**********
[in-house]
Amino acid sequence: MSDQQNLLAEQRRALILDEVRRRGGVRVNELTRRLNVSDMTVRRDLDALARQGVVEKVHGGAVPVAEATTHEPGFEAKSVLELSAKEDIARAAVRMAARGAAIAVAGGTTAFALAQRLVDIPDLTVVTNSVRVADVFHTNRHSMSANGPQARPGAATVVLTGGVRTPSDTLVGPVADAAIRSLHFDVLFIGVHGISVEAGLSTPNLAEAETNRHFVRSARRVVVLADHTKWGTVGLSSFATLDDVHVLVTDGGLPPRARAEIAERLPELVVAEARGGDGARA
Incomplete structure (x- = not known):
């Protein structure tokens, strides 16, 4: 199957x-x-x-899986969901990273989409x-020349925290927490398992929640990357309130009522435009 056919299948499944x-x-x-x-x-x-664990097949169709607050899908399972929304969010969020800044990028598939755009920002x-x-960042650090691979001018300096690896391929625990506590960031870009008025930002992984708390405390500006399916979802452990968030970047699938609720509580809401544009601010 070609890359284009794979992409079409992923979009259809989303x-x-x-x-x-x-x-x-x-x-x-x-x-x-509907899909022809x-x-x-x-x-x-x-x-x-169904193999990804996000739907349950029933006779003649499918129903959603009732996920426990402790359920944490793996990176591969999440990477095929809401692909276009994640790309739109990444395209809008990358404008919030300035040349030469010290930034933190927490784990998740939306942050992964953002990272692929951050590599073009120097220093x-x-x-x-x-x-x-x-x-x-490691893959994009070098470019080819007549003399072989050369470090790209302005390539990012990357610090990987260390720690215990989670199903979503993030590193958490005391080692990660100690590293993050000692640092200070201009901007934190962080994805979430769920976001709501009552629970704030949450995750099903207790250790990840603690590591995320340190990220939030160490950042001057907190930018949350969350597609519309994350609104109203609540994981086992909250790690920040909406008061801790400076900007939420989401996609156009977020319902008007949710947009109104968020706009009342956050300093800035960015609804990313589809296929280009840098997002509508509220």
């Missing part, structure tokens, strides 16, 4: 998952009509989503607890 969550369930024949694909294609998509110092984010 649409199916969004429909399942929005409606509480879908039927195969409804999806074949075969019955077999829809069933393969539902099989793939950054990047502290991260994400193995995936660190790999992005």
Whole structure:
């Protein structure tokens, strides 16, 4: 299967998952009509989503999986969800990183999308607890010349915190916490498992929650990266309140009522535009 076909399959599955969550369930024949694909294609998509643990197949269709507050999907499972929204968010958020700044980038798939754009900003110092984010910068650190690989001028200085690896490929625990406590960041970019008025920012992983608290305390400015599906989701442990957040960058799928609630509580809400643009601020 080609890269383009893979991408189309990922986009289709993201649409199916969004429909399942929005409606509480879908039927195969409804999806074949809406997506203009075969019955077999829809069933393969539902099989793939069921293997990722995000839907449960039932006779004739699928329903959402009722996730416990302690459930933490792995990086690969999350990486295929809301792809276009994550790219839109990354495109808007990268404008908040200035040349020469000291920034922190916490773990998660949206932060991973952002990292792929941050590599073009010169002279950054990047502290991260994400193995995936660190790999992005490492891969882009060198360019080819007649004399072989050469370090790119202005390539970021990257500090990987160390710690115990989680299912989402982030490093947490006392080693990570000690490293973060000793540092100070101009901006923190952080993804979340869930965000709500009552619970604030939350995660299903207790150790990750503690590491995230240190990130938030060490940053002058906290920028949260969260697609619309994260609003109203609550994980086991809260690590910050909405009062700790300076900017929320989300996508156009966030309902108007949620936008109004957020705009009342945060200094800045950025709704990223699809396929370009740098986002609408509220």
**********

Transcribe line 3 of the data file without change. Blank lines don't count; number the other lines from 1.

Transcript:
Incomplete structure (x- = not known):